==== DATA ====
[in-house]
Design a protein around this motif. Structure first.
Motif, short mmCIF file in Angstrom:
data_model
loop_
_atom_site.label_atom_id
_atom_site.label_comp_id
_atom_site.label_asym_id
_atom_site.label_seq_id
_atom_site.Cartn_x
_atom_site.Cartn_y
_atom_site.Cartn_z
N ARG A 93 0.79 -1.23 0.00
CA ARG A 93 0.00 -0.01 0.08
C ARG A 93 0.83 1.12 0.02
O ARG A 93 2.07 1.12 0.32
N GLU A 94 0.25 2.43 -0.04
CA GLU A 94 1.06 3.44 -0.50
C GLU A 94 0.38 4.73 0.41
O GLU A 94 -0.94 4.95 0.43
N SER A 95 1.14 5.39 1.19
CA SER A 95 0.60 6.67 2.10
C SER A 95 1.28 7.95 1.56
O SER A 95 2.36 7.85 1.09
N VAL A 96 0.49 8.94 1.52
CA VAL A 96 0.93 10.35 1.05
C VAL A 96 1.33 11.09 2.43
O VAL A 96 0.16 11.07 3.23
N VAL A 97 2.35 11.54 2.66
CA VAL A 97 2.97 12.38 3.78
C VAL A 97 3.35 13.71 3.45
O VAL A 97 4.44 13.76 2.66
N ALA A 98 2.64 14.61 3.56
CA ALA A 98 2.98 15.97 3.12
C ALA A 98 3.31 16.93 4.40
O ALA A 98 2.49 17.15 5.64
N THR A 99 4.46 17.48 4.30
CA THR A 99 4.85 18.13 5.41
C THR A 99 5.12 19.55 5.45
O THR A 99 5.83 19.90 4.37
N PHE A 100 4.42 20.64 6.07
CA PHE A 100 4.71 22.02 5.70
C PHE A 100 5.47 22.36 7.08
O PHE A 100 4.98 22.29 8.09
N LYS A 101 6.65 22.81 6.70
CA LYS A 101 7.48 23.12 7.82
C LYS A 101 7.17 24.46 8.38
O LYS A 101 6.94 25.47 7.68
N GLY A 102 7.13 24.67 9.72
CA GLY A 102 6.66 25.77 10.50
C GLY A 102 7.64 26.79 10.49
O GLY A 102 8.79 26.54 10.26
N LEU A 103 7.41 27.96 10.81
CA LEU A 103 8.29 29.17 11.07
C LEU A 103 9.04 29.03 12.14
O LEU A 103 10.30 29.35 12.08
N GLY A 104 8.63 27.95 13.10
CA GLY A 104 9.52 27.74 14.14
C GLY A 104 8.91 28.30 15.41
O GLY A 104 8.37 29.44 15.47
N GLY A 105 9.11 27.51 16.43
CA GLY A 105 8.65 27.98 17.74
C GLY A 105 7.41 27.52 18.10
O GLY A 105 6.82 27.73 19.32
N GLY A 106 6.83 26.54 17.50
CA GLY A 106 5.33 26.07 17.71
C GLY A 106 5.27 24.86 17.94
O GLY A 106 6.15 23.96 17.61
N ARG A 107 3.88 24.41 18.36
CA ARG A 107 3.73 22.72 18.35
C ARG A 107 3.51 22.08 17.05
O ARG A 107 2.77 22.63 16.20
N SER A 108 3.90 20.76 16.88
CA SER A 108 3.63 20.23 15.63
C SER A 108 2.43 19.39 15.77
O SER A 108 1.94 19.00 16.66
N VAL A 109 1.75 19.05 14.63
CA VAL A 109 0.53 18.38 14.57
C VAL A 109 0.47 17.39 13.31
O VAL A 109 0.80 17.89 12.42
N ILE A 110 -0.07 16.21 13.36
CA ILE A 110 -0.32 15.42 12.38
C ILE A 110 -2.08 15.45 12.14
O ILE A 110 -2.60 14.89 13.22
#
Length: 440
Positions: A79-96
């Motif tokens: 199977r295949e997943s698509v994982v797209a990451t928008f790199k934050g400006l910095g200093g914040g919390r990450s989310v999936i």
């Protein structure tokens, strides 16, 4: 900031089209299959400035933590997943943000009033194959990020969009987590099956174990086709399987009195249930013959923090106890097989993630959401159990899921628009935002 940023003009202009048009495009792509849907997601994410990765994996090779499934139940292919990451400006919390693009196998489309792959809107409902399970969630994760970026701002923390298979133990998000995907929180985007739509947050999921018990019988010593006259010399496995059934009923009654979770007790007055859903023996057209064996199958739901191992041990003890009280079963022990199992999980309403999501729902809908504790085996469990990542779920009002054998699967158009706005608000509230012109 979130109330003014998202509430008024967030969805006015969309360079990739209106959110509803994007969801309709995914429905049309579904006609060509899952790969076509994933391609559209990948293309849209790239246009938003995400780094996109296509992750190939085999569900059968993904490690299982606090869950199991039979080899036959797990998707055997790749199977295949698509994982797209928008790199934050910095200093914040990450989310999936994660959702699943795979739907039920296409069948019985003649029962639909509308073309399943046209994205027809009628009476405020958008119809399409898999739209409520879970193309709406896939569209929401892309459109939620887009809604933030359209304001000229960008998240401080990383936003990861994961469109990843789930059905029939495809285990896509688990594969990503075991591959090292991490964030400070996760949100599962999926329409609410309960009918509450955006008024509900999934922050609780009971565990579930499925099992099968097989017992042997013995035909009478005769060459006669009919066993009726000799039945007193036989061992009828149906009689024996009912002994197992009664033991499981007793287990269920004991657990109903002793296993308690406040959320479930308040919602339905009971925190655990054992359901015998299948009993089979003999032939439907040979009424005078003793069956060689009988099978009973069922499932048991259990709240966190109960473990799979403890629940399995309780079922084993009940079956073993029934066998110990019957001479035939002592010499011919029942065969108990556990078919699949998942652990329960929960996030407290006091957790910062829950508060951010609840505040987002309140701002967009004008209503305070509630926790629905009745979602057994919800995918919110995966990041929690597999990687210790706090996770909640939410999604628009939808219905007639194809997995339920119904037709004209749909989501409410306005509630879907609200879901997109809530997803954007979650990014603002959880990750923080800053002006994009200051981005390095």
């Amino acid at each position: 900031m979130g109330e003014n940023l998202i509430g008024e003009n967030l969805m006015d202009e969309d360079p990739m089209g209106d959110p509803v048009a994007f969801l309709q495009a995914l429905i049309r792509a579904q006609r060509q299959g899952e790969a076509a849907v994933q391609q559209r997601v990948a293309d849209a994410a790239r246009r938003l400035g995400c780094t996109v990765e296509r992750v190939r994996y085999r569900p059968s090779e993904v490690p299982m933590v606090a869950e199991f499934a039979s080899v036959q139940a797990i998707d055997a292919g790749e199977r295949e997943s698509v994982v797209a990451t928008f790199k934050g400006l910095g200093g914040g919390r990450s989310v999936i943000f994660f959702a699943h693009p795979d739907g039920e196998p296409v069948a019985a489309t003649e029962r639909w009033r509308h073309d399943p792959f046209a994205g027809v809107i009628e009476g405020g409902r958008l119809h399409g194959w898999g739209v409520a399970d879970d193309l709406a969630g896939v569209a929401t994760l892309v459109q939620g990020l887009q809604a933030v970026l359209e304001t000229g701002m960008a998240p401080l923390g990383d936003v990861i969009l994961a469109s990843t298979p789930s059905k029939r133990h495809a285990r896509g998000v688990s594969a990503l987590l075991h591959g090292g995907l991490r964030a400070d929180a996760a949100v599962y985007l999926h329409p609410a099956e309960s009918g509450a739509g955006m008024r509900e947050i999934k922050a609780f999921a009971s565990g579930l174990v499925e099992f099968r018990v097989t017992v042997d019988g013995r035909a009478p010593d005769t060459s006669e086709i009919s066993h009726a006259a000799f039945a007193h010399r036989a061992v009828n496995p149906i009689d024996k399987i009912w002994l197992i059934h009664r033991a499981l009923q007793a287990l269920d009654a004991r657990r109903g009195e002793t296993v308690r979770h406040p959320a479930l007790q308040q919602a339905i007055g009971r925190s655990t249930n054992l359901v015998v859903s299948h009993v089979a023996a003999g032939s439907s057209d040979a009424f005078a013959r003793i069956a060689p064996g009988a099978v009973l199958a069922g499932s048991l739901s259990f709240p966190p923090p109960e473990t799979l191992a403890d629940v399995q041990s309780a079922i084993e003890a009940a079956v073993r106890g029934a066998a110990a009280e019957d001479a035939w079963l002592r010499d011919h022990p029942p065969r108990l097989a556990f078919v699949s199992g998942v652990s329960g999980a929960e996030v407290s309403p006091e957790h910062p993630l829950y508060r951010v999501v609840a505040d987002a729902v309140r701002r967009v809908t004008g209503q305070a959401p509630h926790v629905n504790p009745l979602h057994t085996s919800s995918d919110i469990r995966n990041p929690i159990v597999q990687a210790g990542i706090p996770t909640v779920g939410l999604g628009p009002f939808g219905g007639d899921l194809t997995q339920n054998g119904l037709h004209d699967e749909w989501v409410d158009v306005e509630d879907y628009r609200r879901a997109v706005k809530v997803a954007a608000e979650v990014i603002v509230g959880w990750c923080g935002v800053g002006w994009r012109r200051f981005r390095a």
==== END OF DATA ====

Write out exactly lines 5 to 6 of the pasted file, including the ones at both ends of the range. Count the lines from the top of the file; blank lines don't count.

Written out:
loop_
_atom_site.label_atom_id